The New York Times has a story currently that would interest anyone aware of the crisis related to bees and other pollinators; it helps if you also see art as a worthy tool of engagement for addressing complex major challenges facing the planet, and humanity; have a read either way:
“Good afternoon,” the elusive artist Terence Koh said over the phone earlier this week. He’d called to discuss his new show, which opened at Andrew Edlin Gallery over the weekend. “I’m inside the bee chapel. I’m lying down and looking straight up at the ceiling. They’re really busy today because it’s sunny.”
The Beijing-born, Canadian-raised enfant terrible was once the poster boy of aughts excess — a decade ago, he gold-plated his own feces and sold them at Art Basel for about a half-million dollars; he also once, rather infamously, told T, “I am the Naomi Campbell of the art world.” But the past few years have brought a different turn: He discontinued his gallery representations and, in 2014, moved to a mountaintop in the Catskills. The relocation was widely construed as a ceremonial retirement of sorts, but Koh insists the opposite: “I never had any intention of quitting the art world, I just moved to a different part of the world,” he says. “It was something that happened naturally.” He has since lived peacefully in what he describes as a personal Eden dusted with goldenrod and apple trees. In the branches of one, he built a hut and called it a “bee chapel,” which would become the titular heart of his new exhibition.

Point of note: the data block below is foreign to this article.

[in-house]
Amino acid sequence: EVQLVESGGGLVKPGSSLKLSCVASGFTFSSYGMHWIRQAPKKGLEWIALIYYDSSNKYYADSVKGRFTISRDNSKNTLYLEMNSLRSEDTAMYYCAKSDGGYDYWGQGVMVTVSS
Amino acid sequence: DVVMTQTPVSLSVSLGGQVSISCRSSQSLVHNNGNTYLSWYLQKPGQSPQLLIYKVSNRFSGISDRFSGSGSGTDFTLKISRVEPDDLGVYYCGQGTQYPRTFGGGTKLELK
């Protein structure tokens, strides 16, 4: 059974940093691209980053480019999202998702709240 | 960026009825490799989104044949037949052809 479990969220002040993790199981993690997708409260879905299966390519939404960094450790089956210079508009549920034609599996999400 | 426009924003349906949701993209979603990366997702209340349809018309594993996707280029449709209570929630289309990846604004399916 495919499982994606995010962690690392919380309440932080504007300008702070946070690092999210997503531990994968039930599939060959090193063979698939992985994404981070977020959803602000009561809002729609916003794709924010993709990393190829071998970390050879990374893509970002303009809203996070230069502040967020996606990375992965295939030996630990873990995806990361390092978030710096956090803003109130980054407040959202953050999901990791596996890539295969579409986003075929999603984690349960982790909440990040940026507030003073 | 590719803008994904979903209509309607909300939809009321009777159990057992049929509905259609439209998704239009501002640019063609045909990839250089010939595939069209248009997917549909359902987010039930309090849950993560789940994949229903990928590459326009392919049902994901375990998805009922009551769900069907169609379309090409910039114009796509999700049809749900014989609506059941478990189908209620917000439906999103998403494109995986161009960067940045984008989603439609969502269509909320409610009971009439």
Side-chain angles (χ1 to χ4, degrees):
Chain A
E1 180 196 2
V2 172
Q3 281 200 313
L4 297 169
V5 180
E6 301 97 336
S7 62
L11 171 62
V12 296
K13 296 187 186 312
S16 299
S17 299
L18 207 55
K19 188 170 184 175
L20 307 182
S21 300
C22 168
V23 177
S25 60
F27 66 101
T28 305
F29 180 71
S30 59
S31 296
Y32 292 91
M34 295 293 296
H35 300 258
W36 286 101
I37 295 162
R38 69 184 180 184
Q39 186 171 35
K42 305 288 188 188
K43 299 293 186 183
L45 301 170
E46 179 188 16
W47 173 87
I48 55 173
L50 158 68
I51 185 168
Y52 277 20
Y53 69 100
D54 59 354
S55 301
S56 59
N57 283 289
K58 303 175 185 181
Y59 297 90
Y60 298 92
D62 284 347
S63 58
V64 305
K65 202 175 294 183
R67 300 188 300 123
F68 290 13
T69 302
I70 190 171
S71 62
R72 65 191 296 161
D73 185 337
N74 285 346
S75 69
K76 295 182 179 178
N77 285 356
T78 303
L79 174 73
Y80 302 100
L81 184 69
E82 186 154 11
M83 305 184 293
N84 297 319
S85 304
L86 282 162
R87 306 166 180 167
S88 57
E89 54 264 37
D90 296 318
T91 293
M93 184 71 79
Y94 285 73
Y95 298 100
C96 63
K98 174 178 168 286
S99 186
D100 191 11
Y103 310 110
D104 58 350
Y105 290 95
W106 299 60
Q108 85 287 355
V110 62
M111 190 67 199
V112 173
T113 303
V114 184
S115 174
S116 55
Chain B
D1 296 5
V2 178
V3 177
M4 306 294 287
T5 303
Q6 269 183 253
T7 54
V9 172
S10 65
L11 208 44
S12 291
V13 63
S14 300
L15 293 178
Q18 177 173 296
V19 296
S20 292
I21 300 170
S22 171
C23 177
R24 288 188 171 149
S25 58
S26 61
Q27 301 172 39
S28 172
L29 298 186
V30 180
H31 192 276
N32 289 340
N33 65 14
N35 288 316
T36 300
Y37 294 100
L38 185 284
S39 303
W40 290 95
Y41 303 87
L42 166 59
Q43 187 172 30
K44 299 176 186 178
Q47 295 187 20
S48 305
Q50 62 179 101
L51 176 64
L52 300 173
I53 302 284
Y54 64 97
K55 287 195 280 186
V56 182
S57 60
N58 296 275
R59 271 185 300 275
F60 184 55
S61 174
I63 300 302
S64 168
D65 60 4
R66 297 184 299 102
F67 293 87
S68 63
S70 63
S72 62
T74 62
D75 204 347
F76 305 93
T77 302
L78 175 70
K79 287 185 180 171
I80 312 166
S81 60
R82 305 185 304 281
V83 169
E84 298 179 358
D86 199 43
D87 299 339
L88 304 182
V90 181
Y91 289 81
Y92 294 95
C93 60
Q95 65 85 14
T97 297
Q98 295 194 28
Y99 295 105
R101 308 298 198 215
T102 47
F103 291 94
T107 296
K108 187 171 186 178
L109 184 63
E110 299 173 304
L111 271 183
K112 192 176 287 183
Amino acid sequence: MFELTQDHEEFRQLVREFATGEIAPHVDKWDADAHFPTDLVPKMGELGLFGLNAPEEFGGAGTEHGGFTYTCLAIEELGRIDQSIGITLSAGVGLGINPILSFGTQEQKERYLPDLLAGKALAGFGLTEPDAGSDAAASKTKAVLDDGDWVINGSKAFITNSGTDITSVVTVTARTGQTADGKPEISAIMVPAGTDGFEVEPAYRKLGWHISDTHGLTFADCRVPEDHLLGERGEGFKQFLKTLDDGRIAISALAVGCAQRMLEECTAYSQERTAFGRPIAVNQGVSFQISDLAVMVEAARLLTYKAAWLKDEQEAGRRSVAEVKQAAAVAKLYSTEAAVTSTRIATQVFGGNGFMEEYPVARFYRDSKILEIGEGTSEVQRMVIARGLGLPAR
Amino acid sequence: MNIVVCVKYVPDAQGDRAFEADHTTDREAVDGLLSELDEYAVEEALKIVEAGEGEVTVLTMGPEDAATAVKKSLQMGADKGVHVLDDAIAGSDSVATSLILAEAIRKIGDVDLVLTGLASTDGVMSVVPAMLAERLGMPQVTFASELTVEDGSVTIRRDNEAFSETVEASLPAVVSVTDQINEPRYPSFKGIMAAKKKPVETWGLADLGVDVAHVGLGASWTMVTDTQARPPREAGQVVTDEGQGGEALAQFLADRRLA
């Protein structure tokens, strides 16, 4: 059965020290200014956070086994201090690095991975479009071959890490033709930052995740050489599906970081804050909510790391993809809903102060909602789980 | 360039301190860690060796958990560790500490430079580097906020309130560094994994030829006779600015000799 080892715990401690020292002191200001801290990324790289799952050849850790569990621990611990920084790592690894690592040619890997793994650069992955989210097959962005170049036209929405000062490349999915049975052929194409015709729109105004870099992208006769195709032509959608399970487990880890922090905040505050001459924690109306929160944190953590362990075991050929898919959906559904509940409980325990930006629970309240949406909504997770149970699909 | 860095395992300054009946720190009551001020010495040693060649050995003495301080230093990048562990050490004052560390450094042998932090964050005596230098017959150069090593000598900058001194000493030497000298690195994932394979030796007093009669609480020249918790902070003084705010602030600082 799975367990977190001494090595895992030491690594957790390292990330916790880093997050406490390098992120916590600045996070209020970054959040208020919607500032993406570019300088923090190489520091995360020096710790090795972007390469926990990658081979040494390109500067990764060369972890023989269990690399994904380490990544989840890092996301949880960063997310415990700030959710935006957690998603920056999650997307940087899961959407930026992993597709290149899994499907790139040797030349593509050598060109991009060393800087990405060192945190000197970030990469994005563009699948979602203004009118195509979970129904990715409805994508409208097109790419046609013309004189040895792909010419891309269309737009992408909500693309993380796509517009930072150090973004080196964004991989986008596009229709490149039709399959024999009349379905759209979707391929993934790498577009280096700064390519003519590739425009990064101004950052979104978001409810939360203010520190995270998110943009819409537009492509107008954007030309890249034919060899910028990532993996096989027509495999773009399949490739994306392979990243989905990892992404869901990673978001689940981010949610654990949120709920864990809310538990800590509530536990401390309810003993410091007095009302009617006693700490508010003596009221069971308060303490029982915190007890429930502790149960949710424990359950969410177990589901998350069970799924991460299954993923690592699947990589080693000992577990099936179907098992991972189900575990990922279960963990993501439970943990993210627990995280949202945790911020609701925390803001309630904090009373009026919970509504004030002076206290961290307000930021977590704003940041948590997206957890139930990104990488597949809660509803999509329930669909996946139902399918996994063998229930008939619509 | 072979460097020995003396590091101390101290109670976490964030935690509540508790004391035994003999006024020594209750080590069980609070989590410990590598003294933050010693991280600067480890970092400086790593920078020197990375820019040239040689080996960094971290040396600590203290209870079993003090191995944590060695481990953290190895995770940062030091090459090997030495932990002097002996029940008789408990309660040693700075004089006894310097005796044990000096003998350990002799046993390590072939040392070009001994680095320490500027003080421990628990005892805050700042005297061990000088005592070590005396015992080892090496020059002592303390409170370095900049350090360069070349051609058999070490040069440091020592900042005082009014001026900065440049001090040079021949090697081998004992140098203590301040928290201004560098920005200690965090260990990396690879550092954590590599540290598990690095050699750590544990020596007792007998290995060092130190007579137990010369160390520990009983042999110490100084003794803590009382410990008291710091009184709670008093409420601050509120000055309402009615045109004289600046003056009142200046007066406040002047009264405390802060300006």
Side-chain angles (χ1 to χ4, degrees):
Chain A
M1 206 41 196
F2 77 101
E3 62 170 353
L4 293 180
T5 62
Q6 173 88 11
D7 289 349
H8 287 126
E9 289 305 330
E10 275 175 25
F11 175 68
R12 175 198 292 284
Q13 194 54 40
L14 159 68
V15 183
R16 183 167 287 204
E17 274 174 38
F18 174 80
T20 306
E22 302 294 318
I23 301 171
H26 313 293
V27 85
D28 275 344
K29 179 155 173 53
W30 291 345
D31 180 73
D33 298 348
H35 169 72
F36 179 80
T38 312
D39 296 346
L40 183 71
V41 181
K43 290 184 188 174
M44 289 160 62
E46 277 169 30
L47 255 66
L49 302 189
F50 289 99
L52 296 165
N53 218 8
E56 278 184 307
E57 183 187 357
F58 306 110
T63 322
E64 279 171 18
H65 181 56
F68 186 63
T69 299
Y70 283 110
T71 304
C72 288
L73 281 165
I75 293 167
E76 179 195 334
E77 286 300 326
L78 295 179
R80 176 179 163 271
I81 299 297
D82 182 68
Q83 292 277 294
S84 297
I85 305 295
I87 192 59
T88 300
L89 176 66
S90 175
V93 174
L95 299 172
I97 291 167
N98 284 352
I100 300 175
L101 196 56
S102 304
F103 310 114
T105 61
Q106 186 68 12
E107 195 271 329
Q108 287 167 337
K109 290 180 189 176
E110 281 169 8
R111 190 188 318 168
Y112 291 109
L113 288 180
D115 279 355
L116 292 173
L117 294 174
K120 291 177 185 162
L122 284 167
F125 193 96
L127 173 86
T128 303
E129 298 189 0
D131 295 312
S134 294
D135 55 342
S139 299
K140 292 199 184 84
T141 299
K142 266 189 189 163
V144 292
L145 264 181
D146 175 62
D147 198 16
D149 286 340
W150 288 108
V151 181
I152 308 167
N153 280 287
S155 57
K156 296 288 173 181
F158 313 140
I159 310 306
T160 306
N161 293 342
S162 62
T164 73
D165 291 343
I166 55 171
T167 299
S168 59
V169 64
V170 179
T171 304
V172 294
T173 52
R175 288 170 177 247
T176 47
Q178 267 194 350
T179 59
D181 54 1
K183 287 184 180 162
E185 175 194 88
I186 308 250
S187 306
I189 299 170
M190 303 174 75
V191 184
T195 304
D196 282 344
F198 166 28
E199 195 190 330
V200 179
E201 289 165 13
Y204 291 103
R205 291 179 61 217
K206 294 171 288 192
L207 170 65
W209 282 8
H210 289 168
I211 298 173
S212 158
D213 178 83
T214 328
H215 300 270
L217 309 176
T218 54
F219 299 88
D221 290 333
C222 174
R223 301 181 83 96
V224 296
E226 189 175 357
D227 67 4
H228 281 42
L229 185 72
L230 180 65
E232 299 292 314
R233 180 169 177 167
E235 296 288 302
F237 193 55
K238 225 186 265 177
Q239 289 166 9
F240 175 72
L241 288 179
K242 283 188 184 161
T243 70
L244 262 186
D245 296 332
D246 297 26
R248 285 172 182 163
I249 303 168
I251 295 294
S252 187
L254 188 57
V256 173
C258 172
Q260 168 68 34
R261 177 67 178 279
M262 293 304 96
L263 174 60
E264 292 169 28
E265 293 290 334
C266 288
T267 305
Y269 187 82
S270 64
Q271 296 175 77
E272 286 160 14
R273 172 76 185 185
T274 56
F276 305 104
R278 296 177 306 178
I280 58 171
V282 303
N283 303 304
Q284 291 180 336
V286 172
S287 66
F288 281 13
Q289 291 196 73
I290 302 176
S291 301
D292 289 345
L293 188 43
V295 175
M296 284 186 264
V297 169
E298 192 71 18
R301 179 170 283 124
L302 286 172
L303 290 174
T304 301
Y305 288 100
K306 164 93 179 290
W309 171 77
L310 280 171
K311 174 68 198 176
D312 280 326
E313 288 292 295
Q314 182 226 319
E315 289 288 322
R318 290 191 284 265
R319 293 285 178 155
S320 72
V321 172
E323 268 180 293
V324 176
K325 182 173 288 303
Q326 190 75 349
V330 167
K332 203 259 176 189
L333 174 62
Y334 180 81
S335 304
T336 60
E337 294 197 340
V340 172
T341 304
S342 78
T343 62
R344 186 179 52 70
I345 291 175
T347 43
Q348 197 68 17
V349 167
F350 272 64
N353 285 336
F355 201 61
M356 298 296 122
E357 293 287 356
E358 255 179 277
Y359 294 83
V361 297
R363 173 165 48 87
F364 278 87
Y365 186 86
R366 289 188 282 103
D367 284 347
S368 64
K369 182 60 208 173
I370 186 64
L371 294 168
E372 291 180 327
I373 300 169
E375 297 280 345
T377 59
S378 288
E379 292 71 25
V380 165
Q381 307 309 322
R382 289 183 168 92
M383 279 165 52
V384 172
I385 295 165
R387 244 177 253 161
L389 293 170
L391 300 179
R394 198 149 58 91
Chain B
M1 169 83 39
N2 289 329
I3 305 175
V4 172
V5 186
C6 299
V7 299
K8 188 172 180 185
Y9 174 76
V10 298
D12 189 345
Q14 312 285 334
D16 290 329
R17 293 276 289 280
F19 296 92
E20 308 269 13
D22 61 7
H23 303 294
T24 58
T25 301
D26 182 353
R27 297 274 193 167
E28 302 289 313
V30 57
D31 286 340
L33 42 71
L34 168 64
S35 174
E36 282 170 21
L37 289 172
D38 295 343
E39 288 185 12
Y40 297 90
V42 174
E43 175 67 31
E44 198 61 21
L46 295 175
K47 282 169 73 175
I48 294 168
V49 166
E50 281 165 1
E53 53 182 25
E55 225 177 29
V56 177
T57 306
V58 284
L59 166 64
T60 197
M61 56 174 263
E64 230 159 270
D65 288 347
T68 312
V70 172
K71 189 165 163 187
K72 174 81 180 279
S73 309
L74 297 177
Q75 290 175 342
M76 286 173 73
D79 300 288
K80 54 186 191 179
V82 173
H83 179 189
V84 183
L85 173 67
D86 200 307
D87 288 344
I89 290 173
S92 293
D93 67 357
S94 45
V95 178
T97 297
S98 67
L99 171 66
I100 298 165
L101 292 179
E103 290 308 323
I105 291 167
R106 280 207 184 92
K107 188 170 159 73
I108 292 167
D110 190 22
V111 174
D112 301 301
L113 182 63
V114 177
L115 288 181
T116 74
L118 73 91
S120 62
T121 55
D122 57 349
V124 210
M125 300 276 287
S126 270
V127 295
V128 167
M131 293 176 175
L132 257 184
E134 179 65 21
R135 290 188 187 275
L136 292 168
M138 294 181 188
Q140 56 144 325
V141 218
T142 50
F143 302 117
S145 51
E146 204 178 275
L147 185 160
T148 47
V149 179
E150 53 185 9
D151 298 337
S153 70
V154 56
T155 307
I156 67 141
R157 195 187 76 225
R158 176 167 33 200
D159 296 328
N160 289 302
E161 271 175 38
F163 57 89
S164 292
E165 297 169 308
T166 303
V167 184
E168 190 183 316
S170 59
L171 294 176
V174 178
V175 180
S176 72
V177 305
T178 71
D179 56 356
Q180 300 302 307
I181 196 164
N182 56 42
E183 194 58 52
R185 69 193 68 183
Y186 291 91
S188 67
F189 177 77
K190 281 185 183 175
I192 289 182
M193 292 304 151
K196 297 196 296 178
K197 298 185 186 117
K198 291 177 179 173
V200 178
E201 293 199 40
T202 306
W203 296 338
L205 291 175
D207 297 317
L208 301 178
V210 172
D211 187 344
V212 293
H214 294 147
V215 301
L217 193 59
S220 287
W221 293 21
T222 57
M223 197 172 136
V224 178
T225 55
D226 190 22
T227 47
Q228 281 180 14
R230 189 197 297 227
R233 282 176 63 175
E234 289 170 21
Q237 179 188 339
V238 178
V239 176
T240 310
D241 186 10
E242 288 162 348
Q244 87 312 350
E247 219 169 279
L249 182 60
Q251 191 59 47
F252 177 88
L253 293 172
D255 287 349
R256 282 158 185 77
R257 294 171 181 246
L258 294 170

News of Edlin’s move to a new address pregnant with Manhattan symbolism, 212 Bowery, inspired Koh to reach out in hopes of bringing the chapel — a human-scale hive of sorts, made of wood and wax, with a door to let in a single viewer at a time — to the city. “I emailed Andrew about three times and he ignored me. He didn’t know who I was because he specialized in outsider art,” Koh says. Last autumn, Edlin visited Koh’s farm with his wife and daughter, and come spring, people were buzzing about Koh’s return to downtown.
Outside the gallery sit solar panels that power the show; inside, there are seven rooms built to represent the days of the week, each lined with a flooring of raw earth trucked in from New Jersey. While honeybees are in fact quite docile creatures, for the safety of litigious Manhattanites, there is a metal mesh physically separating humans and insects inside the chapel itself. The bees occupy a one-and-a-half inch crawl space between the interior chamber and its walls, known to beekeepers as “bee space.” “You can see them through the mesh and you can smell them and they’re dropping pollen at you. The hive pretty much vibrates as well,” Koh says. “The idea is I want to be able to resonate with the bees at the same time as the bees are resonating with us.”…
Read the whole article here.